Impact of Beliefs on the Spread of Ebola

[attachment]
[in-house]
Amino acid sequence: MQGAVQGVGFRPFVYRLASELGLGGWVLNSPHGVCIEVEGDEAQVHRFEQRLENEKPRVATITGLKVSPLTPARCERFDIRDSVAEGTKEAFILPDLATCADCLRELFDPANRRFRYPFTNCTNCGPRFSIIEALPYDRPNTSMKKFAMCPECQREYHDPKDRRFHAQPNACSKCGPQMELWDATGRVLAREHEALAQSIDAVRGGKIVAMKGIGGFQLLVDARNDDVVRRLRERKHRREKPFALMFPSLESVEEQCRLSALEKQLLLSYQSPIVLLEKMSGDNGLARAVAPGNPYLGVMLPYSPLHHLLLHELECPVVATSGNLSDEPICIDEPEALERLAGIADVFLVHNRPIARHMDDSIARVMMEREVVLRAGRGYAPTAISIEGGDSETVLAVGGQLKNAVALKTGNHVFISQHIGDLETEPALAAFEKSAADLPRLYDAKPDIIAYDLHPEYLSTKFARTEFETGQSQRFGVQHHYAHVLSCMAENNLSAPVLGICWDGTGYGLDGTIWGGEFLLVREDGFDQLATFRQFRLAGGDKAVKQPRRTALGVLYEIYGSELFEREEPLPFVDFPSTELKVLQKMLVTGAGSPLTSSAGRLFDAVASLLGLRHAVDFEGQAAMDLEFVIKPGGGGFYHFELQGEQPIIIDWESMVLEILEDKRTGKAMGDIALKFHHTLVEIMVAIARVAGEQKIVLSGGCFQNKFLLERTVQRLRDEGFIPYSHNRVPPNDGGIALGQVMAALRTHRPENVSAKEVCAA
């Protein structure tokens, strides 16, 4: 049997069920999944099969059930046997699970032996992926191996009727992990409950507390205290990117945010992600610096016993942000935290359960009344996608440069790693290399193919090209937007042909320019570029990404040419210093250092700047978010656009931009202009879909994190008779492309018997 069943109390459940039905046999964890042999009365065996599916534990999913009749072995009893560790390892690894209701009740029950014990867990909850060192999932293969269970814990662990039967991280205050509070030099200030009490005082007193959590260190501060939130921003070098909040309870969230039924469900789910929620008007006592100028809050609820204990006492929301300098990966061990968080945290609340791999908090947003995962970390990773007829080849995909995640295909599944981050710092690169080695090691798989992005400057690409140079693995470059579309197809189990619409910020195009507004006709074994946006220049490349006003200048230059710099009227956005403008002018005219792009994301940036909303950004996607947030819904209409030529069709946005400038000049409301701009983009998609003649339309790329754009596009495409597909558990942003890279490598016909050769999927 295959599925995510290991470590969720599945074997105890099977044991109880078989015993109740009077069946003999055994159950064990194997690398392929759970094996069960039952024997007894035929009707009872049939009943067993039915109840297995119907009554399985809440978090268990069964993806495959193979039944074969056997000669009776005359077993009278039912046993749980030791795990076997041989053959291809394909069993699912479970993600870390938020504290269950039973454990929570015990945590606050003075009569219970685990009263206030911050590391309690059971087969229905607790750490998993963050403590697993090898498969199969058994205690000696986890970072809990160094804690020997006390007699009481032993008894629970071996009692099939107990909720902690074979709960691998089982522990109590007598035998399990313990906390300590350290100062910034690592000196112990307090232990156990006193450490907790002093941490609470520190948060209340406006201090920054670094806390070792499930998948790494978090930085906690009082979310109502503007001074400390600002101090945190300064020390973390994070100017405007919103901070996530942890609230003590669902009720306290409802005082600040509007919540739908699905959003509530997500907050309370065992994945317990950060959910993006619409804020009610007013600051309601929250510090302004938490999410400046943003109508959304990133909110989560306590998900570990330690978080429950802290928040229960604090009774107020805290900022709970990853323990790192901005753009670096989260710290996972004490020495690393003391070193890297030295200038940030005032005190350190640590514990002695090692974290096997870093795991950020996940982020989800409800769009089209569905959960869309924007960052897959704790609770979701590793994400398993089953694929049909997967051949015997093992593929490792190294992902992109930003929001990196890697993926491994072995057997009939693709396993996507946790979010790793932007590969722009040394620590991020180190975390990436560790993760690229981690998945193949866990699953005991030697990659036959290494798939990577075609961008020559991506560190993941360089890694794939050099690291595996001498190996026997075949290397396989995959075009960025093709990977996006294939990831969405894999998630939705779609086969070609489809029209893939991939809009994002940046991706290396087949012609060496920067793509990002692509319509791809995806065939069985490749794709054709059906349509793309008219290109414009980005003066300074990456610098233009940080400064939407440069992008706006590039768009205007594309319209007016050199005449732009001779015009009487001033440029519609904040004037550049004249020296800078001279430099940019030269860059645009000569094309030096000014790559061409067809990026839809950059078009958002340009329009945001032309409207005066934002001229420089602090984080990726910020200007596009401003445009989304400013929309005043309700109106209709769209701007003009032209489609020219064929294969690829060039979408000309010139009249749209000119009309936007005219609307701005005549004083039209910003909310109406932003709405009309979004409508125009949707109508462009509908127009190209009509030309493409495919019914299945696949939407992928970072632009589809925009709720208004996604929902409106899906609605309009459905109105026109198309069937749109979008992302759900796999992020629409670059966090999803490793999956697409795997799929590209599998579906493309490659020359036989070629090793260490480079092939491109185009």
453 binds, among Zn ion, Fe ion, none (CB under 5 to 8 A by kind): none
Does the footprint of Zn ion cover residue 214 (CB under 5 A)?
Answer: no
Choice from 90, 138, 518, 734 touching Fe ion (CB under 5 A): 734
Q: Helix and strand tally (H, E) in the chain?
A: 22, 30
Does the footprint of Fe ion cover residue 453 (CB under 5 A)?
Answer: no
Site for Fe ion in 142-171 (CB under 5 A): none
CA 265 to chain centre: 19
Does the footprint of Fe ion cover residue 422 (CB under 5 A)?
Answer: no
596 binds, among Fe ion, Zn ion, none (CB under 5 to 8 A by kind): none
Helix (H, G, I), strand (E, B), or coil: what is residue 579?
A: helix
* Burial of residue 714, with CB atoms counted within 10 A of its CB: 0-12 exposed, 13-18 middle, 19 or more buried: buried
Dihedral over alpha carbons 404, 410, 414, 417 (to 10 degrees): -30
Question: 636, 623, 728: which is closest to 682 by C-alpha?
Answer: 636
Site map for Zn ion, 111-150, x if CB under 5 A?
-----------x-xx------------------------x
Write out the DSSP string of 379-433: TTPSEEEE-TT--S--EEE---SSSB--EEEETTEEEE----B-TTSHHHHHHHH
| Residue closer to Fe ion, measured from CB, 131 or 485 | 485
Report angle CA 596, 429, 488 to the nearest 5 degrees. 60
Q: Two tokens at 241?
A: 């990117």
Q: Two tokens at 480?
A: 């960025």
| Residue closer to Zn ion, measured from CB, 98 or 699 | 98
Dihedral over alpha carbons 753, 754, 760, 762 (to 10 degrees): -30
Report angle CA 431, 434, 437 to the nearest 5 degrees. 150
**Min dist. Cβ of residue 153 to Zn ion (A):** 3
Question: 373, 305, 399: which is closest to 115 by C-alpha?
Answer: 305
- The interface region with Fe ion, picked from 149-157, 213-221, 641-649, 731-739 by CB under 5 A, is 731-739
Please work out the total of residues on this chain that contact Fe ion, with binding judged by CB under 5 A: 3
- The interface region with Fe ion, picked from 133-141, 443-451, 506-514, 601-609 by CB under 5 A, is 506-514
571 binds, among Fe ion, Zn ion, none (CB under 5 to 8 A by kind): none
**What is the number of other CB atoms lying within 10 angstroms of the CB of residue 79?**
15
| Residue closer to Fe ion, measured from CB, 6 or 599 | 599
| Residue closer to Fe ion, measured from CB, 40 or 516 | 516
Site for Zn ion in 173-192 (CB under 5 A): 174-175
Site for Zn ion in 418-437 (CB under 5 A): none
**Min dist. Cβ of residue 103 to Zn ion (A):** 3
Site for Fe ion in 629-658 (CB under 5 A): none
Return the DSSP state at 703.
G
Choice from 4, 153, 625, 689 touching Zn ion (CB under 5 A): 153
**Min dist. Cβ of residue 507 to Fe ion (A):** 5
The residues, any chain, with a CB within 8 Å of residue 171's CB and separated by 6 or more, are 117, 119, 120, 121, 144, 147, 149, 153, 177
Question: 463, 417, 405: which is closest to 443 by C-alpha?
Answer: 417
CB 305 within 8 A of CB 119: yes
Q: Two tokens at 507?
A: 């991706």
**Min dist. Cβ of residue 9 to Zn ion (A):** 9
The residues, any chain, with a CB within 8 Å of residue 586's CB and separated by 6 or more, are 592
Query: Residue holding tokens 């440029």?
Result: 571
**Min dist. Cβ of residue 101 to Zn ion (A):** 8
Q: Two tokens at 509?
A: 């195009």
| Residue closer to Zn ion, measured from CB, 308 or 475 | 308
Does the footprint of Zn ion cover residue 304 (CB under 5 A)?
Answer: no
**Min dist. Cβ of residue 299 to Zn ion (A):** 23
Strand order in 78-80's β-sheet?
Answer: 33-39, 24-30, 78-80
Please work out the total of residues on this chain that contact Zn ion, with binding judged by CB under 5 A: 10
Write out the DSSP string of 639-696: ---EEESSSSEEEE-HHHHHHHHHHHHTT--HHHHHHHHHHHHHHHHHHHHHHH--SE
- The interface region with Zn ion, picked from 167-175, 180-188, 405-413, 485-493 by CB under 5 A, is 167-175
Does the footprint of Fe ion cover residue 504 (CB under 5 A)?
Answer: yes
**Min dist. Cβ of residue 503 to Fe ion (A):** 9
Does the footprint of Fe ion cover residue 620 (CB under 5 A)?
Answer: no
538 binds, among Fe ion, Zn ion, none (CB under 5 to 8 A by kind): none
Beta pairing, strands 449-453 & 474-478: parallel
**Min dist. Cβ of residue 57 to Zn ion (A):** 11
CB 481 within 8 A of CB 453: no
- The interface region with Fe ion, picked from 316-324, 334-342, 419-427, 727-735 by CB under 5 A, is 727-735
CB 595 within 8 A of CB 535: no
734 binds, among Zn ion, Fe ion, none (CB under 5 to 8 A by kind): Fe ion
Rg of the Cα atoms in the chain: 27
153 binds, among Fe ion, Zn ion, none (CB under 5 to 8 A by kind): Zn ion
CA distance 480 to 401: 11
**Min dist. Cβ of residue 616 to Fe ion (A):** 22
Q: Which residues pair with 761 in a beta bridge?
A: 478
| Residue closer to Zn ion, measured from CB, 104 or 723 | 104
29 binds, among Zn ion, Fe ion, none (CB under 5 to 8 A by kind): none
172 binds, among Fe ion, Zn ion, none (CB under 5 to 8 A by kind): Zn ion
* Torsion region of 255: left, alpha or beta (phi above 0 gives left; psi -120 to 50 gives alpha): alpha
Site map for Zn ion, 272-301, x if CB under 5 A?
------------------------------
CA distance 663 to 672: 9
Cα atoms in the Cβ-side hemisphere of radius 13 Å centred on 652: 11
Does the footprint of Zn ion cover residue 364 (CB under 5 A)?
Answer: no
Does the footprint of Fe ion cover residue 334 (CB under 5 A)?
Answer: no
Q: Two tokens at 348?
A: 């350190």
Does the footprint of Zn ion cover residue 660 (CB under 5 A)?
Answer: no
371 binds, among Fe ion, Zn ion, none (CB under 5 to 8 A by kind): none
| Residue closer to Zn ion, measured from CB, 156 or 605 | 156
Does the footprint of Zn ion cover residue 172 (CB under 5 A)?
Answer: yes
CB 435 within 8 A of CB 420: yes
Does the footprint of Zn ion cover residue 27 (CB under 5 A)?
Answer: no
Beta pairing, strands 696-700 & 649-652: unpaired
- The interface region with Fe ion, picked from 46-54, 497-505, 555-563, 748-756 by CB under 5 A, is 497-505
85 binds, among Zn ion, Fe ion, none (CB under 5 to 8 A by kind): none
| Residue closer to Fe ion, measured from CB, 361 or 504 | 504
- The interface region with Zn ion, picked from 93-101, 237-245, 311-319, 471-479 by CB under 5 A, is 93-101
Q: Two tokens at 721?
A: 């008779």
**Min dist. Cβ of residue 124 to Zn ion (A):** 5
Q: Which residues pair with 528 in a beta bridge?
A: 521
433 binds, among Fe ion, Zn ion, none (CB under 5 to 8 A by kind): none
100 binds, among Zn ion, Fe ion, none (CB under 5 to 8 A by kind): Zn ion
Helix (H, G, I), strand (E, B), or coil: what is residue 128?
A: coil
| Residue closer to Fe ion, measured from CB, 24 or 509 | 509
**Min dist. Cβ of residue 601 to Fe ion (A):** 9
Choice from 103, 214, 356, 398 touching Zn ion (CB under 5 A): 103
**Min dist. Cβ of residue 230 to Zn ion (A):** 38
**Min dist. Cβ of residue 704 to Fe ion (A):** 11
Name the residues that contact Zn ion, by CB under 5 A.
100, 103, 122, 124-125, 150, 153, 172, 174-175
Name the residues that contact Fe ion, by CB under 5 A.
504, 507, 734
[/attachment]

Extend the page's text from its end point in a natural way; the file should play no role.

AbstractEbola spreads by contact with fluids of an infected person such as sweat, blood, saliva, etc. The factors that can enhance the spread of Ebola are hygienic, cultural and religious. African villages and towns have communal water collection points that use borehole pumps. Individuals whose disease status is still asymptomatic can spread the disease to many people before anybody is aware there is an infectious disease around. In Africa we queue for anything in the banks, post offices, etc. In these places we meet friends whom we greet by shaking hands. If an infected person has sweaty hands the possibility of passing on the disease is there (small probability though). African funerals are probably the most likely places where Ebolathrives. Africans enjoy washing dead relatives, clothe the dead relatives, etc. All these are are ways in which Ebola can spread.The health care systems are over burdened. Children are made to share beds in most hospitals. One child can easily pass on the disease to the other and to family of each child. Cultural practices are responsible for most of the disease spread. In Africa we eat from a common plate and wash hands from the same dish. As part of the Christian faith we shake hands to show our love for each other. Potentially this is another way Ebola can spread. We have developed a mathematical model to investigate the impact of various practices on the spread of Ebola. The model includes infection of susceptible individuals by the reservoir, infected humans and the dead. Reference will be made to the current Ebola epidemic in West Africa. Can deterministic models explain the characteristics of Ebola dynamics? We compare the results given by deterministic and stochastic models.
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